The Rule Book Book Review *Jennifer Blackwood*
Starr Media Second-Assistant Survival Guide
1. Don’t call your hot boss the antichrist to his face.
2. Don’t stare at hot boss’s, um, package or his full sleeve of tattoos. (No. Really. Stop!)
3. Don’t get on the malicious first assistant’s bad side.
4. Don’t forget to memorize the 300-page employee manual.
5. If you value your cashmere, steer clear of boss’s dog.
6. Boss’s dimples are lust-inducing. Do. Not. Give. In.
7. “The elevator ate your clothes” is not a valid excuse for showing up to important meetings half dressed.
8. Don’t break seven of the rules within the first week of employment if you, ya know, are in dire need of money to support your sick mom.
9. Whatever you do, don’t fall for the boss. See rule eight about sick mom.
10. Never forget the rules.
The Rule Book (The Rule Breakers #1) by Jennifer Blackwood is a very cute contemporary romance that has a millennial feel to it, or close to a New Adult tone. The heroine, who has her Masters, is on her own in the world and at her first job that’s not all rainbows and roses. But her attitude and insight on herself and the world around her will really grab readers, especially by her loyalty for her mother who has cancer, and that of her work, especially when she develops an interesting relationship with the company’s owner who’s a stickler for the rules.
Lainey has moved to Seattle for her first real job which is a social media company used by celebrities and other high profile people. Lainey has great book smarts. Her job seems like a dream because she’ll be in charge of social media for her clients, such as Twitter and their blogs. Can I have this type of job, please? But Lainey is under a lot of pressure. Her mother has aggressive cancer, and the treatments are expensive. Since Lainey’s father has been out of the picture a long time, Lainey helps her mother pay for her bills. She’s now living paycheck to paycheck, even though she lives with her best friend. Lainey’s first day on the job is more a nightmare than a dream. Her supervisor Jackson is some hipster jerk who belittles her, and treats her like she’s dirt because those Lainey’s position in the past barely lasted the month. The elevator named Betsey hates her, and she has to constantly go on coffee runs for Jackson. Also the owner of the company, Brogan, who she still hasn’t met is a real stick in the mud, by the book guy who Jackson calls the Antichrist.
When Lainey goes to lunch, she eats alone in what she thinks is the employee kitchen. She has to eat a sandwich instead of having Italian at one of her favorite restaurants because the big boss can’t stand garlic. While Lainey is eating her lunch all by her lonesome, a handsome guy walks in, dressed in jeans and a shirt and with tattoos, and definitely not obeying the dress code. He seems surprised to see her there, and they talk. She slips up about calling the owner the Antichrist, and when the laid back tattoo dude says she can call him the Antichrist, Lainey realizes he’s Brogan. Now she thinks she’ll be fired.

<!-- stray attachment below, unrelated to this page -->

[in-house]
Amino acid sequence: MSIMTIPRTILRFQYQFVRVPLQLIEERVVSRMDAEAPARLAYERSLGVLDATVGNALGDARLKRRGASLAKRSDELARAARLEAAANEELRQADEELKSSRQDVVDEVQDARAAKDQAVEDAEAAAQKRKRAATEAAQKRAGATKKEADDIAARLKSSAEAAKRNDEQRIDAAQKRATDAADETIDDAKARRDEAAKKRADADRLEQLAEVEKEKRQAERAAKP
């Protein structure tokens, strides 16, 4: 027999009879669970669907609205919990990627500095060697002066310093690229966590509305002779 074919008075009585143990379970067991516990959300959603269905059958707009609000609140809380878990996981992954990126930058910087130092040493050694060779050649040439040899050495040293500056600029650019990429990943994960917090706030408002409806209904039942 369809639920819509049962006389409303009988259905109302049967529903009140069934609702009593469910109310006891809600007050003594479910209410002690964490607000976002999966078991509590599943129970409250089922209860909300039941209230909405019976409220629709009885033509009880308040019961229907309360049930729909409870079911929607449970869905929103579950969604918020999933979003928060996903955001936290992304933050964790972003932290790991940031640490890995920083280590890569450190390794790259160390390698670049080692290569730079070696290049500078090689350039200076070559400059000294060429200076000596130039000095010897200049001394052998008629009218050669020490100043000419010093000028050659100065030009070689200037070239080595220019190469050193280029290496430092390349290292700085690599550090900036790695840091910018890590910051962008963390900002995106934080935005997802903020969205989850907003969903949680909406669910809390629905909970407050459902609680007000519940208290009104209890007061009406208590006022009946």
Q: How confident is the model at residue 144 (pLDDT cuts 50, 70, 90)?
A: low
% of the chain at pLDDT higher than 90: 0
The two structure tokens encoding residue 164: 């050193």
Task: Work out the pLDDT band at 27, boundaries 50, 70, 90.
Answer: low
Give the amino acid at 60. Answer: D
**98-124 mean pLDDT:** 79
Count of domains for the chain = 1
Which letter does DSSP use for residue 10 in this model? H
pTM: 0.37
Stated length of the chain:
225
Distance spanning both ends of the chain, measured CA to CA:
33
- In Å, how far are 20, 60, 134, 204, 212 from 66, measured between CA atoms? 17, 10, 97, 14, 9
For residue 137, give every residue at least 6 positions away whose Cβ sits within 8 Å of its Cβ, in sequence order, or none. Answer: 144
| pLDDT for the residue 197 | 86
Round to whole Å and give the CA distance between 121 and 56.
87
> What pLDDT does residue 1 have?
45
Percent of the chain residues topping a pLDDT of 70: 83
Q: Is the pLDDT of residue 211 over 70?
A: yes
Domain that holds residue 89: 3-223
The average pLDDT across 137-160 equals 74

But Lainey’s doesn’t get fired. Brogan the obsessed with rules boss is very different from the Brogan she gets to know outside of the office. She even becomes Brogan’s dog walker after Jackson pushes the errand to her. Brogan’s dog Bruce brings them together. After some funny, yet adorable screw ups on Lainey’s part (which aren’t really screw ups), she and Brogan start hanging out. She even cooks for him at his apartment, and watches movies with him she’s seen a many times over. They bond, form a friendship, which then becomes more. Brogan wants to date Lainey but he can’t be committed to her because of his dedication to his company and that of his past that makes it hard for him to trust people. Lainey decides to give him a chance and see where it goes, even though it makes things uncomfortable at work because if anyone found out, her job could be on the line. But other than that, what’s the worst that could happen? Plenty, which keeps you reading until the very end.
The Rule Book is very enjoyable and entertaining. Lainey is a real hoot, an optimist even though her mother is very sick, and her relationship with Brogan can be stressful. Lainey is so generous and giving that people take advantage of it, which Brogan does, but not intentionally. She’s like a big ball of sunshine, which Brogan needs. Some of his, oh woes me, daddy issues may annoy some readers, especially a specific plot device thrown in toward the end to cause friction for Lainey and Brogan that may annoy readers. But the way it’s resolved fits, especially when Brogan tries to make things right for Lainey. It’s along the lines of a hero groveling, which Brogan does more in the terms of actions than words.
The sensuality factor here is very subtle. The Rule Book is PG-13 in terms of sex. The only love scene is fade to black, but Brogan and Lainey smooch a lot. Also Bruce loves to give Lainey doggie kisses. Some may be disappointed if they’re hoping for some hot loving described between Lainey and Brogan, but it really shouldn’t matter because the tone of the book is more light and fluffy even with some moments of tension and angsty mcangst from Brogan.
The Rule Book is one book I recommend for adult and teens that has a very meet cute scenario between the hero and heroine. It also has the cross genre appeal for those who enjoy New Adult and Adult Contemporary Romance. Do pick this one up by Jennifer Blackwood if you wants some major laughs combined with a few awww’s. (Entangled Embrace)
Final Grade: B+
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